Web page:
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In June 2005, Australia's unemployment rate was 5.1 percent, close to a 30-year low. Employment exceeded 10 million. The labor participation rate was 64.7 percent. About 70 percent of the labor force is employed in the services sector, 26 percent in industry, and 4 percent in agriculture.

Australia has an extensive, multifaceted social welfare system designed to address the educational, health care, housing, and income needs of its citizens. More than 4 million Australians are direct beneficiaries of income support payments. Other social welfare programs include family assistance, youth and student support, child-care support, labor-market assistance, housing assistance (both rental and home ownership), support for people with disabilities, support for caregivers, support for the aged, and retirement planning assistance. Residential facilities for aged persons are funded by various sources, including the government. An array of veterans' benefits also are provided by the government, including disability compensation (for veterans and their surviving spouses), a veterans' children education program to provide education allowances and other forms of educational assistance, income support, military compensation and rehabilitation, housing programs, and health care and counseling services.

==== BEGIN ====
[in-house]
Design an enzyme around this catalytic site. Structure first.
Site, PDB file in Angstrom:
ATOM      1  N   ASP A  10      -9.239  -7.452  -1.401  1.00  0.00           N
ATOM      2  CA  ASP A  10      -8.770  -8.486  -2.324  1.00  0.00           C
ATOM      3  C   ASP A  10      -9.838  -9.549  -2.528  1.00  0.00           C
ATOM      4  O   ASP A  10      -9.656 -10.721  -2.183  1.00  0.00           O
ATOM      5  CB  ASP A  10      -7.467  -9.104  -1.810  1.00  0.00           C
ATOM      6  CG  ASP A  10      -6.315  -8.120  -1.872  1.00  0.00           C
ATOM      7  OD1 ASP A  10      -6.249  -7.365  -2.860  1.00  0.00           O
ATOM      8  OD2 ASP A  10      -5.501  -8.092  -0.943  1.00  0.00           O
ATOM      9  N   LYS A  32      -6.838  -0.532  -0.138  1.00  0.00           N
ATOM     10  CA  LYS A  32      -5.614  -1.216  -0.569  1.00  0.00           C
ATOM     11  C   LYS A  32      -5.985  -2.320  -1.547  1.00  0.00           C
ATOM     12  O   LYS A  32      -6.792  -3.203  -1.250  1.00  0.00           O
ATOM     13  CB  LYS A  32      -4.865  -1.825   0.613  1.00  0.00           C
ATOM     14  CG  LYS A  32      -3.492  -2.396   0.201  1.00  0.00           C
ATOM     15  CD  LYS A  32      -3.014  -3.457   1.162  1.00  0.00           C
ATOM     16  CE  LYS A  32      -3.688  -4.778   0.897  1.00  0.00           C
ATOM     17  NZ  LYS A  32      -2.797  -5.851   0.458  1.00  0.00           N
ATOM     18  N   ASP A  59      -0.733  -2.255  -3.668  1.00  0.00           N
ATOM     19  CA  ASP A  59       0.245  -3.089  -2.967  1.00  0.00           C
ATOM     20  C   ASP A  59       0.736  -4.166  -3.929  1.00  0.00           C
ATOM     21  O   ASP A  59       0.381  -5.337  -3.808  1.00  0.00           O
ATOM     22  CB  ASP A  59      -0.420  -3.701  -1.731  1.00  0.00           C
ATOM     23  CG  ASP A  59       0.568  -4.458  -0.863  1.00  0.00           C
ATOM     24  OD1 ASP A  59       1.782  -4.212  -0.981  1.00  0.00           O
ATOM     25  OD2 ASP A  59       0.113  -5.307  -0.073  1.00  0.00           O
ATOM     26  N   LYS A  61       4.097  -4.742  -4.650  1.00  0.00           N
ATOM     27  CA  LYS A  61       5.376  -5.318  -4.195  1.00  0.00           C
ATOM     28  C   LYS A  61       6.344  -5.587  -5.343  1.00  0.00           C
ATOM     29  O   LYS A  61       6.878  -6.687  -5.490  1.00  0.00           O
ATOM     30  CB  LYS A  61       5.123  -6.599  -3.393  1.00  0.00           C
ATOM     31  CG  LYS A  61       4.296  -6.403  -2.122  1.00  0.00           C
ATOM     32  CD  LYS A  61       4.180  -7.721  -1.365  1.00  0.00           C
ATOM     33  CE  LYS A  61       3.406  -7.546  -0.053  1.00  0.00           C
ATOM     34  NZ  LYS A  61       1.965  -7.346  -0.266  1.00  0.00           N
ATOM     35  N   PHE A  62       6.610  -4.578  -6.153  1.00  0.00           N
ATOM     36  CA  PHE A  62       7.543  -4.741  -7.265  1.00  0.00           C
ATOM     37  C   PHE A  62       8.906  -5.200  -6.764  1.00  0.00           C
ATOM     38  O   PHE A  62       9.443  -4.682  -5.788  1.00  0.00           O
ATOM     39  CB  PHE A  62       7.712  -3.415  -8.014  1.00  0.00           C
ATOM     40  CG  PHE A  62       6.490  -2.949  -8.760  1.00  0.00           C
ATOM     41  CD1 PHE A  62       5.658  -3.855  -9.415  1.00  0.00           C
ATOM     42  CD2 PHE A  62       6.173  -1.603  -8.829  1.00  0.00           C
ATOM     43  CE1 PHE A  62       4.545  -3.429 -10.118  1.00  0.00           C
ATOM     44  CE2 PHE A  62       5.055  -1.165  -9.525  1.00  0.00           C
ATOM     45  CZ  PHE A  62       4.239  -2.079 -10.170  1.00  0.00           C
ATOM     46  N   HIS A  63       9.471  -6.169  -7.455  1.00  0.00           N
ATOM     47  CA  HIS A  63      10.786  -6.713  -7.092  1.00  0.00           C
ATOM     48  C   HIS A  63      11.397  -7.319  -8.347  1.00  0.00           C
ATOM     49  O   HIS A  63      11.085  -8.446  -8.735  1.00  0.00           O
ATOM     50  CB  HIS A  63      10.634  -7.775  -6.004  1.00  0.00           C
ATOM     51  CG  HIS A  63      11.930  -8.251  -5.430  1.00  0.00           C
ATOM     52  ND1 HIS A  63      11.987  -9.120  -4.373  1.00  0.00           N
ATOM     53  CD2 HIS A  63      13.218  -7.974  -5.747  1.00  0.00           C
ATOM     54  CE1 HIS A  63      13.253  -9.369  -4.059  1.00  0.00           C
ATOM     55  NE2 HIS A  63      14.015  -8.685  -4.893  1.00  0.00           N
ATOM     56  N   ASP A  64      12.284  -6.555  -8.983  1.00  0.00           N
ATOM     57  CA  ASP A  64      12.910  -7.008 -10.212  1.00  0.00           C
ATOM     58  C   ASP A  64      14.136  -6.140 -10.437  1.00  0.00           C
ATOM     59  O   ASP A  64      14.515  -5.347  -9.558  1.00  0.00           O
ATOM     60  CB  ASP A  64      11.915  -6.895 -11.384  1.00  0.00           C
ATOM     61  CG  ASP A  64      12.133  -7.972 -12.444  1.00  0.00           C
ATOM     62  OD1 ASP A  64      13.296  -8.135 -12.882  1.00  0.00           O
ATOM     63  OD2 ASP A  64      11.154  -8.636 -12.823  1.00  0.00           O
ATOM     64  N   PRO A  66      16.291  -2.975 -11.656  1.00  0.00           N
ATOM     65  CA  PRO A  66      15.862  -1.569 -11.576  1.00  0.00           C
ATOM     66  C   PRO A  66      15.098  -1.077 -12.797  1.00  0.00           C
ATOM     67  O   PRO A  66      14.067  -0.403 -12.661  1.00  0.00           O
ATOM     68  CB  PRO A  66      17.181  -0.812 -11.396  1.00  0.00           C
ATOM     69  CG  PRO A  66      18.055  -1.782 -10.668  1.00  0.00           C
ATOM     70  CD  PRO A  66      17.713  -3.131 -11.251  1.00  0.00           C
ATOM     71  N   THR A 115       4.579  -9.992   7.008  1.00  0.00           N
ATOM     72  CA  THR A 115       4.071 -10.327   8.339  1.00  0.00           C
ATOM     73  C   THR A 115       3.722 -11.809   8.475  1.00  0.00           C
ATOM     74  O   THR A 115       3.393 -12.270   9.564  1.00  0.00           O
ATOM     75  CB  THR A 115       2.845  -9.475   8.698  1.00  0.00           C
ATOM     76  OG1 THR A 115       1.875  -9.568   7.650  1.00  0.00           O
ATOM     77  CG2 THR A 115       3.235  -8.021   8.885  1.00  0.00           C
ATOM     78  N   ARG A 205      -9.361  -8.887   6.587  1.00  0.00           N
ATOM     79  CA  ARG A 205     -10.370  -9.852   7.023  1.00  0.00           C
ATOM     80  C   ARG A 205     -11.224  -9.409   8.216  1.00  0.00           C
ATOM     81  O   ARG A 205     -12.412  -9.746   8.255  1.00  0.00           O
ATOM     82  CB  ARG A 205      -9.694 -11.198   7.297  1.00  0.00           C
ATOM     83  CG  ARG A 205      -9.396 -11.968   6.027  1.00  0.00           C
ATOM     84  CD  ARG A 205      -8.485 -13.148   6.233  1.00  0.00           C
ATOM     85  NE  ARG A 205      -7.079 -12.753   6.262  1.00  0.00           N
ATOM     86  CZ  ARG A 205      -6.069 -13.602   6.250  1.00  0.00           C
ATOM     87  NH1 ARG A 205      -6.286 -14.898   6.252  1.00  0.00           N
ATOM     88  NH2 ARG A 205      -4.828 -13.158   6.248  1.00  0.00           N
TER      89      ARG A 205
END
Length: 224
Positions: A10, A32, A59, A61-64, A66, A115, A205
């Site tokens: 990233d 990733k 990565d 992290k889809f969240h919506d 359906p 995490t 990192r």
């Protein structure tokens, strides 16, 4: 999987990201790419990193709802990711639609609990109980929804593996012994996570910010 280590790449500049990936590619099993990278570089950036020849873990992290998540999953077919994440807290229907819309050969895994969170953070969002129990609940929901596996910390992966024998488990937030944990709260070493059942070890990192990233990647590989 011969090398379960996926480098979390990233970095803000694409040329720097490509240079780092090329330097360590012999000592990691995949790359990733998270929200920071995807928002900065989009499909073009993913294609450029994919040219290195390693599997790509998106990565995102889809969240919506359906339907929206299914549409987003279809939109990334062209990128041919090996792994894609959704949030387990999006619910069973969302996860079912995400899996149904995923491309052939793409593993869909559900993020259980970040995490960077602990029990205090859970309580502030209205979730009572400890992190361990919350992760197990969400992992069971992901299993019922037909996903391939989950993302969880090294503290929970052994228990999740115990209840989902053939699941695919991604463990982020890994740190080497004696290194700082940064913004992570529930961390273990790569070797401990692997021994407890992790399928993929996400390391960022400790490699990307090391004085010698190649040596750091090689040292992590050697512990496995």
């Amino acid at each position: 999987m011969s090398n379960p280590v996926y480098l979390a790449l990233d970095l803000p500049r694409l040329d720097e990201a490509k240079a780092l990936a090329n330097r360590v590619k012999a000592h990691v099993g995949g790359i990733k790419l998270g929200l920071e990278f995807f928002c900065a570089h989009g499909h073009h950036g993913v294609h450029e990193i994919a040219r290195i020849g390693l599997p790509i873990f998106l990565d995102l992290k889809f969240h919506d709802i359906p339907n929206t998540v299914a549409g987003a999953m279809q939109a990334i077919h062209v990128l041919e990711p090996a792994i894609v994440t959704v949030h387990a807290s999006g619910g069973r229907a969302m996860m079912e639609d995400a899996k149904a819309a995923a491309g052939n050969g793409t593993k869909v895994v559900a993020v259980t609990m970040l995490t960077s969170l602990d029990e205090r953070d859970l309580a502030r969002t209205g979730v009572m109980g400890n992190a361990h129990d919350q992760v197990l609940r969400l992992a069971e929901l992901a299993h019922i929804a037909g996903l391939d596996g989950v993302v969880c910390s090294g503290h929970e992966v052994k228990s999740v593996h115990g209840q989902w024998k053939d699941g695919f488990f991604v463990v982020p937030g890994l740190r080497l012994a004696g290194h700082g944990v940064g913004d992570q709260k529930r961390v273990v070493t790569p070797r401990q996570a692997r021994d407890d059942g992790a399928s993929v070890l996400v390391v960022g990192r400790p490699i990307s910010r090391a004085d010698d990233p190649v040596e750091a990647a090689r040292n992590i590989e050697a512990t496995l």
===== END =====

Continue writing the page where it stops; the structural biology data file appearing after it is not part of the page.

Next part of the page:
Education is compulsory from six to 16 years of age in the states of South Australia and Tasmania and to 15 years of age elsewhere in Australia. The final two years of secondary school generally take place after the compulsory stage; 75 percent of students attended the final two years of schooling in 2003. Curricula vary from state to state, but as of early 2005 moves were underway to standardize core education areas and the age of commencement of students. These changes are expected to allow students to have access to 13 years of schooling on a comparable basis anywhere in Australia. In 2003 Australia had 9,607 primary and secondary schools (72 percent of which were government schools), with 3.3 million students (2.3 million in government schools) and 229,576 full-time or full-time equivalent teachers (67 percent in government schools). Australia has approximately 40 institutions of higher education. In 2003, 929,952 students attended institutions of higher education (including about 500,000 women), and institutions of higher learning employed 35,867 faculty (about 60 percent male) and 48,568 non-academic staff (about 60 percent female). As of 2005, the nation's literacy rate was 85 percent.



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Page last modified: 09-07-2011 02:33:33 ZULU